This idea of going beyond the personal may perhaps need some clarification. Transcending the personal does not mean leaving it behind in favor of a greater and more glorious transcendent world. I do worry that some may read into this that a move beyond the personal is a goal in which we attempt to abandon the personal mundane aspects of our lives. I do not see transcendence as a state to be achieved in which we leave behind the material, personal nature of our lives, but one in which a bridge between the two is built. The physical form of our bodies, our earthly life including the material nature of things, with their height, weight, birth and death are as much intended and necessary as is the spiritual and psychic nature that enliven us.
It also worth keeping in mind that these states are not limited to a chosen few, but available to us all. Many of us not only sense that there is more to this life than our physical, visible world, but that being inclined to favor one over the other is just as unsatisfying as being stuck in the mud of physical existence pining for the freedom of a purely spiritual existence. It’s the marriage of the two worlds that brings joy and ignites the passion of the creative force that delivers the gifts that each of us is to give.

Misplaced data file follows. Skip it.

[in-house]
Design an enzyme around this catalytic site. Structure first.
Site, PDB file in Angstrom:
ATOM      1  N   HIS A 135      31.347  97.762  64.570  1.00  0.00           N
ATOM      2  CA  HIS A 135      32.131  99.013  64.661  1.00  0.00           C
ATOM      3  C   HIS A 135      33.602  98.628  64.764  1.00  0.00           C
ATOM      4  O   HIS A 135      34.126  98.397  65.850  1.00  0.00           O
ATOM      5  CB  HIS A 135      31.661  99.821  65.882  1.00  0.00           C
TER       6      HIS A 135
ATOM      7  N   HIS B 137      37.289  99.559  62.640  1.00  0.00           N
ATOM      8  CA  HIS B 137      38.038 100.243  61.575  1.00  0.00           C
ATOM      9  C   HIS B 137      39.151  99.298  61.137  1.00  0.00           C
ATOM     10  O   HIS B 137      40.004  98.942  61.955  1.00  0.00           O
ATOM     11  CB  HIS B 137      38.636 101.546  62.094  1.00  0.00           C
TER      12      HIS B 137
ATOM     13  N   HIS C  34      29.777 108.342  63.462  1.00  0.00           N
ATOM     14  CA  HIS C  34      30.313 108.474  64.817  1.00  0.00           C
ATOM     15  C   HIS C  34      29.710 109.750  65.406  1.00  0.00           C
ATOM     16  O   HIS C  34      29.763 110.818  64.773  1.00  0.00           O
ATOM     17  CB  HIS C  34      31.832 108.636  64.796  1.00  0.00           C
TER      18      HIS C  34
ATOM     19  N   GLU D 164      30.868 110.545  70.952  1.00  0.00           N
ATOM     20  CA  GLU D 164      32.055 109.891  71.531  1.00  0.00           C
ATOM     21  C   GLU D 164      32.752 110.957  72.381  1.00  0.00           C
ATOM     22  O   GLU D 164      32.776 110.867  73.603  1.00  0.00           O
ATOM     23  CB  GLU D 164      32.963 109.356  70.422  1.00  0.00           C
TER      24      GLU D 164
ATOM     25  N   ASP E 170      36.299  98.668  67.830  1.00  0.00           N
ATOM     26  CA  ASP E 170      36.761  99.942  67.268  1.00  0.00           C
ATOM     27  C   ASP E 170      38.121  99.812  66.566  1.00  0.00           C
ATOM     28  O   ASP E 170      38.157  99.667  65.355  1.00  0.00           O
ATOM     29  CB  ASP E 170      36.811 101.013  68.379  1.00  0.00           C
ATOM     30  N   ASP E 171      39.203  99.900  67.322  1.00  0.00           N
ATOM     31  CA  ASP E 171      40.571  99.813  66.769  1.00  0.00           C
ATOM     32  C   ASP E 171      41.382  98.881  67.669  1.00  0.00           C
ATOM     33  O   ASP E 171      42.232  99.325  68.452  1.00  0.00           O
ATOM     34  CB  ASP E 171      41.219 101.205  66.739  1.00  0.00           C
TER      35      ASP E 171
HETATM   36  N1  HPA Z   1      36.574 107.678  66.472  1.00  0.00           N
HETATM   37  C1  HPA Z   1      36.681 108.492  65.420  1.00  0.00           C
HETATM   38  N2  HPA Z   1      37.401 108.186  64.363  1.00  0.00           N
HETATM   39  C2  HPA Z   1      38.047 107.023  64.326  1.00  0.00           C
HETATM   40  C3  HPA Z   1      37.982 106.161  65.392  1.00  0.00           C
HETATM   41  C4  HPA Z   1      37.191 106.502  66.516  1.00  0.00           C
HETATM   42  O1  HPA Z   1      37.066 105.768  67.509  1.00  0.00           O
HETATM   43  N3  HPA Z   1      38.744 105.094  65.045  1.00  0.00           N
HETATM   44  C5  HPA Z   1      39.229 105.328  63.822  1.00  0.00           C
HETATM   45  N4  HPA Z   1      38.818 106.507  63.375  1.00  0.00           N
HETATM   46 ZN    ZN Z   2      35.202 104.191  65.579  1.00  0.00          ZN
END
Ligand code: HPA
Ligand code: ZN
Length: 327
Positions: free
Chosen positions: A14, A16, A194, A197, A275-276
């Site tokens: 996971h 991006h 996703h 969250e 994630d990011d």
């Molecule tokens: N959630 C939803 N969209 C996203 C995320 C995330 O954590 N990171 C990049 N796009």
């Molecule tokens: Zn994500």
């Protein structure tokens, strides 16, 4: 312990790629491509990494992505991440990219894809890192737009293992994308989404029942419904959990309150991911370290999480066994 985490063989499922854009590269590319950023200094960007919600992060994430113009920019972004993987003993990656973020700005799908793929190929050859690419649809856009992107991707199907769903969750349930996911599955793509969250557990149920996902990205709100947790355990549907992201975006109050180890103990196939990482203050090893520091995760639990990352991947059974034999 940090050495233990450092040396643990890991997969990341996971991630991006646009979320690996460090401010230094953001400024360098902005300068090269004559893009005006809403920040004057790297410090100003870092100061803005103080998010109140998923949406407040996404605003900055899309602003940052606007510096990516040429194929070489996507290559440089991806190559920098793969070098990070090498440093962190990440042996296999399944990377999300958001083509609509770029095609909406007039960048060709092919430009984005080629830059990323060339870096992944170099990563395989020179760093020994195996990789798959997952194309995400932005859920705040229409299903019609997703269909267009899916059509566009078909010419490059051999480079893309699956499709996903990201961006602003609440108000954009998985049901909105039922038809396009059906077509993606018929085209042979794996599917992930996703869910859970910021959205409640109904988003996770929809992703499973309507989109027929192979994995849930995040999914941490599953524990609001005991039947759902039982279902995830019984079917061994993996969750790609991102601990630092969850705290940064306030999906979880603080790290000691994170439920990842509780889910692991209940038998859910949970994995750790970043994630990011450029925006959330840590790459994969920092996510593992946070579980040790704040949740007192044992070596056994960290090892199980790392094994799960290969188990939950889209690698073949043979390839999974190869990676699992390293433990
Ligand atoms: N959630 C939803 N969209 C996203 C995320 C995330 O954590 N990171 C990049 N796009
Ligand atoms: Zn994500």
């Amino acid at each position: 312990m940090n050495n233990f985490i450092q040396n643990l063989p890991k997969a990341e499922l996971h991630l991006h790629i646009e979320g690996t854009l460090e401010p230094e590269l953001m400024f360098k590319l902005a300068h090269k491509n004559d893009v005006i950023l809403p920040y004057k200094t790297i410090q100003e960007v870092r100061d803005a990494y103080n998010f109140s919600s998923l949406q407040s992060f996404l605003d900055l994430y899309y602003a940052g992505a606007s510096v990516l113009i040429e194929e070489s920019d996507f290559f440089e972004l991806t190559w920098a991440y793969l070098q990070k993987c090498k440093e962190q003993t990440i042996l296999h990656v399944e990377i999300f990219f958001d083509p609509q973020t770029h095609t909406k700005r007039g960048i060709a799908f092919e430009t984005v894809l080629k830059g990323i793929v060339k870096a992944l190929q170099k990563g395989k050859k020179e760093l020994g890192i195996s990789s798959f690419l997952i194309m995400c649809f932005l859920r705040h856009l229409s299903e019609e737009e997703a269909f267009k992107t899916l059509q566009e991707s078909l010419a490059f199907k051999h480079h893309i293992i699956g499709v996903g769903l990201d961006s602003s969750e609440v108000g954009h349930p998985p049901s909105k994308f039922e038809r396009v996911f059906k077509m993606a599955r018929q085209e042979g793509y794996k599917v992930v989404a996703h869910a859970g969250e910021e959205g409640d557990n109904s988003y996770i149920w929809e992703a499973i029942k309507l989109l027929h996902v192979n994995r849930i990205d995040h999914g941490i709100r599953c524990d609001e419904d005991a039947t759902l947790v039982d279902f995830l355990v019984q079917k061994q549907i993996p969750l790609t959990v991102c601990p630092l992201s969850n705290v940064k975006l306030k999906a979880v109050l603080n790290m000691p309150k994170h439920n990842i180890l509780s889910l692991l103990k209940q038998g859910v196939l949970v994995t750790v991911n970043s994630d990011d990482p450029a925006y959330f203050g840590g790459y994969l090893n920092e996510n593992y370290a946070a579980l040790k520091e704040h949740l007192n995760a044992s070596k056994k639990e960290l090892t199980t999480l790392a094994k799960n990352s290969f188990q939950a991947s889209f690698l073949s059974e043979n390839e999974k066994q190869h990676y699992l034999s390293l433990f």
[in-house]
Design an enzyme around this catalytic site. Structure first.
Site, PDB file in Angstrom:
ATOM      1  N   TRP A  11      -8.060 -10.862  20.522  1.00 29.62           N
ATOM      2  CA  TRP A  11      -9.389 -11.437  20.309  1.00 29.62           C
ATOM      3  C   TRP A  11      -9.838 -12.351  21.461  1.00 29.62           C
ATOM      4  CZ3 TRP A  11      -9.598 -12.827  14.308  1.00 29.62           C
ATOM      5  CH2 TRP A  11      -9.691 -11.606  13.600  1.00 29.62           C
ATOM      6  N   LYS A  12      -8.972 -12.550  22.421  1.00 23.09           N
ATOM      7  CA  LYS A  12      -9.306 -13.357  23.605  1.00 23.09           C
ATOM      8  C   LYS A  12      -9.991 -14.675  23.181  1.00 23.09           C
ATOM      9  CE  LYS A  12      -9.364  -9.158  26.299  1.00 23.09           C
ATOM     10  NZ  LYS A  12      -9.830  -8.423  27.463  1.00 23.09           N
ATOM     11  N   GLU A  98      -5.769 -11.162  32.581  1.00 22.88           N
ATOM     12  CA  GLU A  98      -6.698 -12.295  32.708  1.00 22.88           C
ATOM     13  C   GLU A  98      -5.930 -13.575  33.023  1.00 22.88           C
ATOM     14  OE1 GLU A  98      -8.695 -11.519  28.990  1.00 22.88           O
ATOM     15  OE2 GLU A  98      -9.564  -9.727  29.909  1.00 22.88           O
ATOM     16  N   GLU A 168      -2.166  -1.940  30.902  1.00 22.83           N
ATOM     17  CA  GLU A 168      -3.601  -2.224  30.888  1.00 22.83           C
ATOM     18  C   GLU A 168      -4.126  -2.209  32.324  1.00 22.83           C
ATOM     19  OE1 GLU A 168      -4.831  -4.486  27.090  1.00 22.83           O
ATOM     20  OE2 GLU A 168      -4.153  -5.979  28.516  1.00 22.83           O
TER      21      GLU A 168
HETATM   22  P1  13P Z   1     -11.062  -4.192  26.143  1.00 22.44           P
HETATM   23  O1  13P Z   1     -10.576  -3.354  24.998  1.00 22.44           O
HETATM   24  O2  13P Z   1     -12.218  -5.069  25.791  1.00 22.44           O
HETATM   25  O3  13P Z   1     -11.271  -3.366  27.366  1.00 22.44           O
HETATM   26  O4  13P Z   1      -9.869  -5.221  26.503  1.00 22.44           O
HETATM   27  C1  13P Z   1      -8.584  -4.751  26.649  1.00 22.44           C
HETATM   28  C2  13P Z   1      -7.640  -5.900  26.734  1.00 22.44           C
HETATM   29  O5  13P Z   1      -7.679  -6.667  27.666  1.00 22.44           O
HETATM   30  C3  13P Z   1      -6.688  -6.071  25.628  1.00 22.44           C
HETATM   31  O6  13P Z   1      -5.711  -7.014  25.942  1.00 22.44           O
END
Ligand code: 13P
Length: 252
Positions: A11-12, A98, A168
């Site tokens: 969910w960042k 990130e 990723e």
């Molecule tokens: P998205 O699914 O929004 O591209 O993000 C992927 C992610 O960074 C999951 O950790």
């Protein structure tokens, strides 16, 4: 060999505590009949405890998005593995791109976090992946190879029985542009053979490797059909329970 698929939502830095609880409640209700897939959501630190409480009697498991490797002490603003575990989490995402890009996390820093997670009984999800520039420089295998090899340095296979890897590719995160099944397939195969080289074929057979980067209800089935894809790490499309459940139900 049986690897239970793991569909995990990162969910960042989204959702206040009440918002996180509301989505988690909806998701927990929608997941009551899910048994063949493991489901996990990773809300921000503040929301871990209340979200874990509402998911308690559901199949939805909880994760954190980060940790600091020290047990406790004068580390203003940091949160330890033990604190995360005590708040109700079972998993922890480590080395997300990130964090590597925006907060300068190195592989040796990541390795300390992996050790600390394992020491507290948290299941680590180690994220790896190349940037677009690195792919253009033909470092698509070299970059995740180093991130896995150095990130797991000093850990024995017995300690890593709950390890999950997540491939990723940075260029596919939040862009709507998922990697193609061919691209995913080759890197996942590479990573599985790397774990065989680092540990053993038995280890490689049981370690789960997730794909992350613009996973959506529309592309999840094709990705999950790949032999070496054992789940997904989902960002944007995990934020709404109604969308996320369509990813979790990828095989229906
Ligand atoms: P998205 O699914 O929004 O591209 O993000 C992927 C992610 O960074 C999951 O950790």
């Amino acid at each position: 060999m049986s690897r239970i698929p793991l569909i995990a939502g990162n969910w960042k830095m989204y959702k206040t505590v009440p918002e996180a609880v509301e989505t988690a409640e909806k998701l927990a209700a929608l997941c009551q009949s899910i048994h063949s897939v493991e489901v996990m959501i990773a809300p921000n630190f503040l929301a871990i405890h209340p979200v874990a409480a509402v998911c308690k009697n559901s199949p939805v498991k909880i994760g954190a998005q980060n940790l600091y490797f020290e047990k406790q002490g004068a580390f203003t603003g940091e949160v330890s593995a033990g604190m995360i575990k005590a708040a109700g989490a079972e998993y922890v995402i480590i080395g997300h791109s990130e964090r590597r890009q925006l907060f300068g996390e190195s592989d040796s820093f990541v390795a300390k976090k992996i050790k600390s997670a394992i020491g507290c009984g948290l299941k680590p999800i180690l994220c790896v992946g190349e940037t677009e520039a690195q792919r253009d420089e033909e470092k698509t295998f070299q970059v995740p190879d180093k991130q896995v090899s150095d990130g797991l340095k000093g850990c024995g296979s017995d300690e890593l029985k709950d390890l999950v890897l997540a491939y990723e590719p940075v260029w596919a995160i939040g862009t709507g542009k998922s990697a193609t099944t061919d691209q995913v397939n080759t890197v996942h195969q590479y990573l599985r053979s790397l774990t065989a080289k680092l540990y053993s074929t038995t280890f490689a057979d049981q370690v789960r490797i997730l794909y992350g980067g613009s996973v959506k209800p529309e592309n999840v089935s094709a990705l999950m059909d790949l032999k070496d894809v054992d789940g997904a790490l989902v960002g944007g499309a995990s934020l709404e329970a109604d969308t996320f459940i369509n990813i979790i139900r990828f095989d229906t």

Hillman puts it this way:
“Embodiment: is that not what is meant by macrocosm and microcosm together, a unus mundus? If embodiment is presaged already in the “blues” that sing of sadness and pull the soul down into the body’s longings and mournings, then the caelum expands skyward (Jung’s vision in the hospital, Pauli’s cosmic clock), the senses awakened to the presence of the whole wide world, urged forward as Miles Davis felt, enlivened as Proust says, as Fechner perceiving the dazzling flowers. Blue initiates “the birth of the aesthetic sense.” ‘
“As I contemplate the blue of the sky I am not set over against it as an acosmic subject; I do not possess it in thought, or spread out toward it some idea of blue … I abandon myself to it and plunge into this mystery, it ‘thinks itself within me,’ I am the sky itself [my italics] as it is drawn together and unified … my consciousness is saturated with this limitless blue.”
The point again having more to do with the marriage; an aesthetic sense of our lives which we find in the stories, display, or “things as they are.” Hillman rightly worries that his former profession, Psychology, has dropped the Psyche in favor of the Ology, boxing the soul in with formulas for interpretations rather than letting our stories show us where we are and “which god we have followed home.”